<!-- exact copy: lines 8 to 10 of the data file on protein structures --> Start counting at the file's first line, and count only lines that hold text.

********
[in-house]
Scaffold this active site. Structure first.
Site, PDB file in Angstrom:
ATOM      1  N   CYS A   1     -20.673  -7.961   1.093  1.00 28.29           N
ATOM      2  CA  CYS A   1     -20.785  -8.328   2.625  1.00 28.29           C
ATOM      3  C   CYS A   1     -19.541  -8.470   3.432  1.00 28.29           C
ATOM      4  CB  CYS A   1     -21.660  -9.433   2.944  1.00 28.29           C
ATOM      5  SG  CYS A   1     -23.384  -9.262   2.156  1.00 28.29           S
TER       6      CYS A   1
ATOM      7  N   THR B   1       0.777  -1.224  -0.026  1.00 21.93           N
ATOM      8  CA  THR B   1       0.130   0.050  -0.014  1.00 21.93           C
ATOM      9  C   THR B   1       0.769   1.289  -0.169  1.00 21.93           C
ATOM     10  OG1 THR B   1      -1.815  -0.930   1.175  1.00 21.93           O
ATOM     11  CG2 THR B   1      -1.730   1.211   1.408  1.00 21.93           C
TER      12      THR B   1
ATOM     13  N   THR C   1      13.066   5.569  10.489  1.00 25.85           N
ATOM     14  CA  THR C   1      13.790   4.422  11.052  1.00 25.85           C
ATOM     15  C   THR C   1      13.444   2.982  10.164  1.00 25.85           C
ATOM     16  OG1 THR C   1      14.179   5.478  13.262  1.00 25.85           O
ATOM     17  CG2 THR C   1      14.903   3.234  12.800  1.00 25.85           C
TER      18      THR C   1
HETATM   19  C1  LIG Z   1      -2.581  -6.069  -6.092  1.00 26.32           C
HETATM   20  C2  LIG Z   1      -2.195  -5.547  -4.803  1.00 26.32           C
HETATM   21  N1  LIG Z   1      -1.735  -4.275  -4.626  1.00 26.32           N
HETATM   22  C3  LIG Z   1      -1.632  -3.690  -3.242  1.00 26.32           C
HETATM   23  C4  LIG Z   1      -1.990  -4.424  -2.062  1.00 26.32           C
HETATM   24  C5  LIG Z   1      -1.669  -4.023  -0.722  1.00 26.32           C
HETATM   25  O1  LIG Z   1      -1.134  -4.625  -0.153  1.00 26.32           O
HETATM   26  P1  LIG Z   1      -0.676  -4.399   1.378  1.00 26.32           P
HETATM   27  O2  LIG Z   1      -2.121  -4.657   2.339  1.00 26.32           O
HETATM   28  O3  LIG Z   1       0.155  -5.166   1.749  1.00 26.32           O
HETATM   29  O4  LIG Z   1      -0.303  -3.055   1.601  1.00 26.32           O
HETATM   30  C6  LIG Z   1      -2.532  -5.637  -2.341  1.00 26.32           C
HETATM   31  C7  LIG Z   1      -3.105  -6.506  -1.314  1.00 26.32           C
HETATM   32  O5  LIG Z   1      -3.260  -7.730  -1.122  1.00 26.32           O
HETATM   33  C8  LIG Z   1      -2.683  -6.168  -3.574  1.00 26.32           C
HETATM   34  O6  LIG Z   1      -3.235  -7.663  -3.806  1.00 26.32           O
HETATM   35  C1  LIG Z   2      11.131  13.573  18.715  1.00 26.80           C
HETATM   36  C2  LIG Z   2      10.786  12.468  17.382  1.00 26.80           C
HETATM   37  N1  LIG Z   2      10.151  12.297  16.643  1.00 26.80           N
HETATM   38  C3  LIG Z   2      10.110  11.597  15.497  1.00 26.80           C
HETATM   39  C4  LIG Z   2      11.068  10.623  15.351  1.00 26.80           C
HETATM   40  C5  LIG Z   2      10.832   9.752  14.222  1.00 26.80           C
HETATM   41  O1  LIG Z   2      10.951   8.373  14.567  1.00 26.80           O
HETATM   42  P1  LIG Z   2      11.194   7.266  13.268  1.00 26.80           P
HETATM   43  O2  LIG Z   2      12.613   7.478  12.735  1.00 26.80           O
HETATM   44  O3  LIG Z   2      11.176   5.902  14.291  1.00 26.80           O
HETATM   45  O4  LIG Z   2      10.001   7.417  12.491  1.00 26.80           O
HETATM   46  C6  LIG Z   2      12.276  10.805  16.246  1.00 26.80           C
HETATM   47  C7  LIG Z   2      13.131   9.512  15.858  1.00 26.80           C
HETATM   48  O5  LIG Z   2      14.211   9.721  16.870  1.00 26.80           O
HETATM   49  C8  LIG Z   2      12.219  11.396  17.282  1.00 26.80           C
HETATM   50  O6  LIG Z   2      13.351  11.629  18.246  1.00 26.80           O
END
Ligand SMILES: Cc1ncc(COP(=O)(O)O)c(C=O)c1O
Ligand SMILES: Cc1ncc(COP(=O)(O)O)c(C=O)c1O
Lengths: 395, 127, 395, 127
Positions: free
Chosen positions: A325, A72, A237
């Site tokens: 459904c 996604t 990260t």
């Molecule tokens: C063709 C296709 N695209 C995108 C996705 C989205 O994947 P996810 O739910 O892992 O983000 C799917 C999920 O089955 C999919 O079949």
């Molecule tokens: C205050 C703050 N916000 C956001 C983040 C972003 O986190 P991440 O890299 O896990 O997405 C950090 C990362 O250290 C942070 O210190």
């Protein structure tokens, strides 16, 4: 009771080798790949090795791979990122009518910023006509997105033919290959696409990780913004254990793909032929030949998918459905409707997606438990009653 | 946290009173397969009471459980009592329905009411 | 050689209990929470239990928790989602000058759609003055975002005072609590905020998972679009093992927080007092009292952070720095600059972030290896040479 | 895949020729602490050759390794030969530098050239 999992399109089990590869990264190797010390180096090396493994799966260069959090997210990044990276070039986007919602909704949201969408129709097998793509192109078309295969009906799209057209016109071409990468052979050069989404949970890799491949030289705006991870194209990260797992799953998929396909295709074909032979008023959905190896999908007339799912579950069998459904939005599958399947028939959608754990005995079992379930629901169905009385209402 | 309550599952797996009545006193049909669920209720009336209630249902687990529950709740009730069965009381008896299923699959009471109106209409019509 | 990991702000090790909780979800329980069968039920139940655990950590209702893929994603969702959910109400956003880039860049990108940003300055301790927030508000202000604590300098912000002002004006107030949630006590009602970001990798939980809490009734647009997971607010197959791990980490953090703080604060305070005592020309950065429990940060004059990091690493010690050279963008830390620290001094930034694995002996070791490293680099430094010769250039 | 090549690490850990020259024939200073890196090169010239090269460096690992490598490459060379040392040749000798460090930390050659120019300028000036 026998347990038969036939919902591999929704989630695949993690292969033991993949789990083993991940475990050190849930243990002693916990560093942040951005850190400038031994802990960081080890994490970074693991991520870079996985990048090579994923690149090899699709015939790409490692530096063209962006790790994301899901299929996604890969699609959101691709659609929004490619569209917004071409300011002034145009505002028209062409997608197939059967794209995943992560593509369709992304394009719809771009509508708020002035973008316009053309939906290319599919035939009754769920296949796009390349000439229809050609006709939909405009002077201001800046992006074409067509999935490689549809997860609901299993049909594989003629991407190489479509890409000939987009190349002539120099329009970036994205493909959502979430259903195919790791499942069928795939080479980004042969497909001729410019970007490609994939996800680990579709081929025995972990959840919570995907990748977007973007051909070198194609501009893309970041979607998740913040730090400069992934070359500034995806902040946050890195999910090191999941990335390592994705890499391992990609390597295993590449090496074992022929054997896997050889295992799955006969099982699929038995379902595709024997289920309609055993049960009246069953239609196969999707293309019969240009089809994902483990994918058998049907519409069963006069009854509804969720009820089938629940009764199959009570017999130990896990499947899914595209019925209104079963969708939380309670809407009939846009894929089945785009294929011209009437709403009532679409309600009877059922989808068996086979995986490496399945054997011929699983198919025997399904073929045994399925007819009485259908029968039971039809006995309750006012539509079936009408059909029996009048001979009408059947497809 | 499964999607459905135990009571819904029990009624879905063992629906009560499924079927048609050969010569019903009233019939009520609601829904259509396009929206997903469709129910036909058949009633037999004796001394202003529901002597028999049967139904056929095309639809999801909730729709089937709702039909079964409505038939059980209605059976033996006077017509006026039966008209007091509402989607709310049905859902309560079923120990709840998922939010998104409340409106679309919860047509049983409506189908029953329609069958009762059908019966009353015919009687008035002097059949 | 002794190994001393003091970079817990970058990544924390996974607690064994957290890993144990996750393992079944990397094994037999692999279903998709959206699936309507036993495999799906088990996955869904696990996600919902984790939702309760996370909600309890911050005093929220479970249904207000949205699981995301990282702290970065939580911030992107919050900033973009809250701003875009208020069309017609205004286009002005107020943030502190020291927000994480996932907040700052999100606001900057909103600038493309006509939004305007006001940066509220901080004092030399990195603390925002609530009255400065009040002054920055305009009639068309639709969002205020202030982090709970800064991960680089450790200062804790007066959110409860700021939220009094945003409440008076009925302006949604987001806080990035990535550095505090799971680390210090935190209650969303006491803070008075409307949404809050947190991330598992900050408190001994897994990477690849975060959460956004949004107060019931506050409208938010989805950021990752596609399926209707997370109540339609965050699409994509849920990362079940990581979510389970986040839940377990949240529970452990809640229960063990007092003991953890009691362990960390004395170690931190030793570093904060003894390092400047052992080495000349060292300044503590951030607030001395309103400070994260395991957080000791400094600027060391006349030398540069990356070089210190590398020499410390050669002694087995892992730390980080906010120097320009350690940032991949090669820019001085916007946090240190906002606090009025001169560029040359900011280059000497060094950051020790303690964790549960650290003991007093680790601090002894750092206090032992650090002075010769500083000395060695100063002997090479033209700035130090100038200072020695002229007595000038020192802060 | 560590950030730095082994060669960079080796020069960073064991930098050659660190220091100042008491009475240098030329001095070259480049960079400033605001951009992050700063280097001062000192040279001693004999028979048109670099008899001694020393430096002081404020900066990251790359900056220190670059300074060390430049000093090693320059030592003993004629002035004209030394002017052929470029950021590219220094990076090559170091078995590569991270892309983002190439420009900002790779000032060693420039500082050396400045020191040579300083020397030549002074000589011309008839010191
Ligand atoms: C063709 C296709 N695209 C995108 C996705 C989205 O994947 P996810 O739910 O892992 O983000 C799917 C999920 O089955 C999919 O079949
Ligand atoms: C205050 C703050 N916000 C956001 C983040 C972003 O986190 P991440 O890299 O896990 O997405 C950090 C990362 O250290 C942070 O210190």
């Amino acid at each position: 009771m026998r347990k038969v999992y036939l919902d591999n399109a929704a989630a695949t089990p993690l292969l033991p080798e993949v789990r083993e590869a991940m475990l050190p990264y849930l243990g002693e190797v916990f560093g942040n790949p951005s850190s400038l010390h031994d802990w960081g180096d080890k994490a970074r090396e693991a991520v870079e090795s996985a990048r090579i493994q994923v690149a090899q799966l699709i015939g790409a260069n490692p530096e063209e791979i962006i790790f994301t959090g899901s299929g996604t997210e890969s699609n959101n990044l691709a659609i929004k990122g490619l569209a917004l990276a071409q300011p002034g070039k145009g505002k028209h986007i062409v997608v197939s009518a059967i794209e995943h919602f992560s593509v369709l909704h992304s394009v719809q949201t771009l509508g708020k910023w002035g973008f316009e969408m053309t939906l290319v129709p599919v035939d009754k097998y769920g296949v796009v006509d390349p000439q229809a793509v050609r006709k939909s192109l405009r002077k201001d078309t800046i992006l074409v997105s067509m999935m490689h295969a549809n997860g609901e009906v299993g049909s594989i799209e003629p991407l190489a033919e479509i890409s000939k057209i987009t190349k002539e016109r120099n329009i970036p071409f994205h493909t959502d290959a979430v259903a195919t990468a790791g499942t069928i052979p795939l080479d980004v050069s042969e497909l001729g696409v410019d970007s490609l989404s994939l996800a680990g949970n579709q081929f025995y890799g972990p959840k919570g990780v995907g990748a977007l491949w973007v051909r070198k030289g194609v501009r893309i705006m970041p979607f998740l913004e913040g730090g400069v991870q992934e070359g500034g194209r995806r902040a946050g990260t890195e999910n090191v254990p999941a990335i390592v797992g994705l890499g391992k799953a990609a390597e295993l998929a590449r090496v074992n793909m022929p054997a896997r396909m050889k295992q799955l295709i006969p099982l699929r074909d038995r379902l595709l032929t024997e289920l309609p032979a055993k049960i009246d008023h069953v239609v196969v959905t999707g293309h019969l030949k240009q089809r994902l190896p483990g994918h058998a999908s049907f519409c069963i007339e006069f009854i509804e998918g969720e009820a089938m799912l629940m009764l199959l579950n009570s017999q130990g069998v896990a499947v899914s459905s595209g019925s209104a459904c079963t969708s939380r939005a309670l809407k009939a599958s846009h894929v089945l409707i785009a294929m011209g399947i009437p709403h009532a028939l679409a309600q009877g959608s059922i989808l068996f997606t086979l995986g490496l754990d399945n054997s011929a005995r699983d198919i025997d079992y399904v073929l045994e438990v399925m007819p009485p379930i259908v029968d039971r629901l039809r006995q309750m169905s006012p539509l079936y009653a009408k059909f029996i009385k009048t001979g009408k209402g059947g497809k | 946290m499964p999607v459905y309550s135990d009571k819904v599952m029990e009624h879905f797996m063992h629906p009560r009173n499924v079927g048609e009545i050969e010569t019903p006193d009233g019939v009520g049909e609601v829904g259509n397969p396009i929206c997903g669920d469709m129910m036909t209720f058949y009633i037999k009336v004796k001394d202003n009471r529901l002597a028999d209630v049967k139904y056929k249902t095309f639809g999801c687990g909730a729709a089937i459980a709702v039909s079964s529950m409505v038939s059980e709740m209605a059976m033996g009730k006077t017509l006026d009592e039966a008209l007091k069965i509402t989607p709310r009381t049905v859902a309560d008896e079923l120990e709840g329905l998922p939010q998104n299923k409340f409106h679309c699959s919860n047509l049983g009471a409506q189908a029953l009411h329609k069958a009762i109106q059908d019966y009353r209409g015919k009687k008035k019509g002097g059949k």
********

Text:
ATOM      5  SG  CYS A   1     -23.384  -9.262   2.156  1.00 28.29           S
TER       6      CYS A   1
ATOM      7  N   THR B   1       0.777  -1.224  -0.026  1.00 21.93           N